About your visitors
Depending on the nature of your business and web site, it may be important to know where your traffic is geographically. The location functionality in GA provides information as wide as continent and as granular as city.
You can also gain formation about the technology your visitors use. If you are considering a mobile landing page, it might be useful to know what percentage of your visitors use mobile devices to read your site and what areas they access with those devices.
Social engagement metrics are also available.
There is a great deal to be learned about your traffic through Google Analytics, and you can spend an enormous amount of time trying to understand and manipulate your web site to increase its performance. Especially in the “post -panda” world, you need to understand that Google is constantly looking for ways to deliver only the the highest quality search results to their users. A lot of smart people at Google are paid a lot of money to prevent web site owners from gaming the Google algorithms. The best advice is to be an expert in your content area, and work hard to deliver quality content to your visitors. That's Google's objective and it's Cairn's objective as well.
There are a number of factors that determine whether a cached file is acceptable for use. These factors include the age if the file in cache, and the size of the cache ( the amount of space you have allocated on your file system for browser caching ).
Occasionally your browser will use an existing file from cache when a newer version is available on the server. This is especially irksome when working with a web developer who makes frequent changes on your web site. I frequently make a change to a site and have the client say something like "nothing changed!"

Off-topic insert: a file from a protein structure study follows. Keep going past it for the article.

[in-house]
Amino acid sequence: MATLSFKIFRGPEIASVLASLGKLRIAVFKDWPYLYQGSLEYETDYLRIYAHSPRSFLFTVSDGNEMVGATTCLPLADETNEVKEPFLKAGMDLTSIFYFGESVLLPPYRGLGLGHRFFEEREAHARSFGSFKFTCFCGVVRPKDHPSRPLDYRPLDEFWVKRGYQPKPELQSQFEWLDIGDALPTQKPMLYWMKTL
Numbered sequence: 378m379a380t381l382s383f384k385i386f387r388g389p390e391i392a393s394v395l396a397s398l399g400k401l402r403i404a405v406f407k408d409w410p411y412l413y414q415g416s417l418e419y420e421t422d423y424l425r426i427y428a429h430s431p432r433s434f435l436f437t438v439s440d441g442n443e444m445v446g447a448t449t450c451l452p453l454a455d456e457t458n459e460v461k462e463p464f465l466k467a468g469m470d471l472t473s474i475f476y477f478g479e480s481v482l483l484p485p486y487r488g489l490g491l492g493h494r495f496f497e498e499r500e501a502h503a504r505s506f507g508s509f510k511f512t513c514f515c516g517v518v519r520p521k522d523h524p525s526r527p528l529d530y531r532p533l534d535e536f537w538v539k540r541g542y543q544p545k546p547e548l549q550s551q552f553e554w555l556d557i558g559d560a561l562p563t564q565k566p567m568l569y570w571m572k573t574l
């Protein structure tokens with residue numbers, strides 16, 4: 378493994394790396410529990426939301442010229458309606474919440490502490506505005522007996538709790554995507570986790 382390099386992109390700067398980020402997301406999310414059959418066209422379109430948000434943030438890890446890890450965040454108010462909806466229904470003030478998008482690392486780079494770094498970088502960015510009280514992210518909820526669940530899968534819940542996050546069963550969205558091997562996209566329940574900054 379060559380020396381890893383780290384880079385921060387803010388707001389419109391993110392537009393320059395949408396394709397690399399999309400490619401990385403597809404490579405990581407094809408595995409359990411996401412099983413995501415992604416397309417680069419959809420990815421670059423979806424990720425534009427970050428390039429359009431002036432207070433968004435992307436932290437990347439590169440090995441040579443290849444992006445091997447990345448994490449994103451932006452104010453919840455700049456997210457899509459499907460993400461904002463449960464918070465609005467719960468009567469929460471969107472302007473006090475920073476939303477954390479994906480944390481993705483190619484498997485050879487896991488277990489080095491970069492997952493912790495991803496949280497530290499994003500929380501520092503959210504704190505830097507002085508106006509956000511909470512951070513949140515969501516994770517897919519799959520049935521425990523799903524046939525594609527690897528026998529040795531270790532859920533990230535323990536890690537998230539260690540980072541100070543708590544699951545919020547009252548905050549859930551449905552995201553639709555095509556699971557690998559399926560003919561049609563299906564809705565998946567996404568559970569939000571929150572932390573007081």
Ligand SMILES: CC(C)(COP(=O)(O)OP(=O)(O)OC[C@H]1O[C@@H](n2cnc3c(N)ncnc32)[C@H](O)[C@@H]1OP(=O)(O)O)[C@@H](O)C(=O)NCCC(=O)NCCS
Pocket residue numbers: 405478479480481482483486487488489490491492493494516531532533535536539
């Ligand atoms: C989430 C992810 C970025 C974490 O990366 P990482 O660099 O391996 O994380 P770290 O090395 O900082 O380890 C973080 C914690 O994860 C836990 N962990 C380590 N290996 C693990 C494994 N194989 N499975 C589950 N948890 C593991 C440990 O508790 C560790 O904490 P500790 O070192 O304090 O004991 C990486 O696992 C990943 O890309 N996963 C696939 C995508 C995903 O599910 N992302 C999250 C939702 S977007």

Fortunately most browsers employ a short-cut to dump cache and force the browser to reload all the files. For most browsers, Internet Explorer, Firefox, Chrome and Safari, the short cut is <ctrl> + <del> to dump cache followed by <ctrl>+r to reload the page with all new files.
I hope this helps.
A customer asked how to get the text of her reply to show up at the top of her emails in Mozilla Thunderbird. The default behavior is to show response at the bottom, but most of us are conditioned ( by the preview window ) to look for a reponse to an email thread at the top.
Here are some simple instructions:
Note: If you read more than one email account through Thunderbird, then you will need to do the above for each email account.
I hope this helps.
Version: I am running Thunderbird 5.0 on Ubuntu 10.4
A client asked me for instructions setting up distribution lists in Thunderbird so here goes:
Note: I am running Thunderbird version 3.1.10 on Linux.
Now you should be able to address you email to the list name that you selected.
NOTE: There are a couple of key points to consider.
First it is extremely bad form to put your distribution list in the To: field. This exposes every email address to everyone on the list. To avoid this, always BCC to your distribution list.
The second thing to consider is that you should not sends a ton of emails to large distribution lists through your normal email account. Doing so, runs the risk of getting the server labeled as a SPAM source and SPAM filters will start to filter out anything that comes from that server.Bad for you and everyone else on the server.
Cairn Applications LLC maintains a Constant Contact Email Marketing account specifically for our customer's use. We will craft emails messages from your content. These messages look more professional and reinforce your branding. This service is included in your maintenance fees.
Please contact us for more information.